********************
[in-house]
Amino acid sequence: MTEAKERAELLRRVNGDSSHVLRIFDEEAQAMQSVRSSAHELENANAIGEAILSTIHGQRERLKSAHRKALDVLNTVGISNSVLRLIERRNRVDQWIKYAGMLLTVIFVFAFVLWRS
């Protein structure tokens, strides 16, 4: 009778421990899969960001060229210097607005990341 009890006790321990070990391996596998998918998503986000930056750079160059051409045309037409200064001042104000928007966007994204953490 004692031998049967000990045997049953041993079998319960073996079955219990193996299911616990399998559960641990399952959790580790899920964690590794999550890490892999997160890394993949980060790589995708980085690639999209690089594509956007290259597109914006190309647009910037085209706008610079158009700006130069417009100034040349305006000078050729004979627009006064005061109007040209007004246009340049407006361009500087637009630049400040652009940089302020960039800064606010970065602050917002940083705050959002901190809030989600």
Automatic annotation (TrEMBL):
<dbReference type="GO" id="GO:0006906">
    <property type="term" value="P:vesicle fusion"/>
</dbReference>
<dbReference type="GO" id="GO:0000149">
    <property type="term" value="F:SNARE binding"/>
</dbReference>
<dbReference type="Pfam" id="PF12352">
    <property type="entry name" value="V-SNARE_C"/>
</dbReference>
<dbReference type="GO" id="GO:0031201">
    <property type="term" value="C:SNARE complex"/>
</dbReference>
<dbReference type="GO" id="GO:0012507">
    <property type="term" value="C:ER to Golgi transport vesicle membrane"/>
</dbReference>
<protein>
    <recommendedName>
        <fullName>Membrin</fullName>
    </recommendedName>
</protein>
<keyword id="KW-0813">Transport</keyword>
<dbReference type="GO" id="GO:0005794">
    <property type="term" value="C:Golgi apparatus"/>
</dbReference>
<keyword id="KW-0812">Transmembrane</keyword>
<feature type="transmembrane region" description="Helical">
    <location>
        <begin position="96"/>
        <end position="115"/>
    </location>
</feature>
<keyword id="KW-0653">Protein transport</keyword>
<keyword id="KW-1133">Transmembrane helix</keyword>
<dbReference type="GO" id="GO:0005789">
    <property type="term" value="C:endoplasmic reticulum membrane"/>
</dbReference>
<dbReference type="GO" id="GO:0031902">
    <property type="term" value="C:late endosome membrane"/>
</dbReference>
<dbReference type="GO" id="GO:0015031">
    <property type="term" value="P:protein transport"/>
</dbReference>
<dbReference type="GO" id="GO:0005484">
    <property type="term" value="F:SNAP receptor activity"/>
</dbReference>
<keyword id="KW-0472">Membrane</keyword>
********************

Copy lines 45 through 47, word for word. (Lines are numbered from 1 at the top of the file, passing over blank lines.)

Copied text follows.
    <property type="term" value="P:protein transport"/>
</dbReference>
<dbReference type="GO" id="GO:0005484">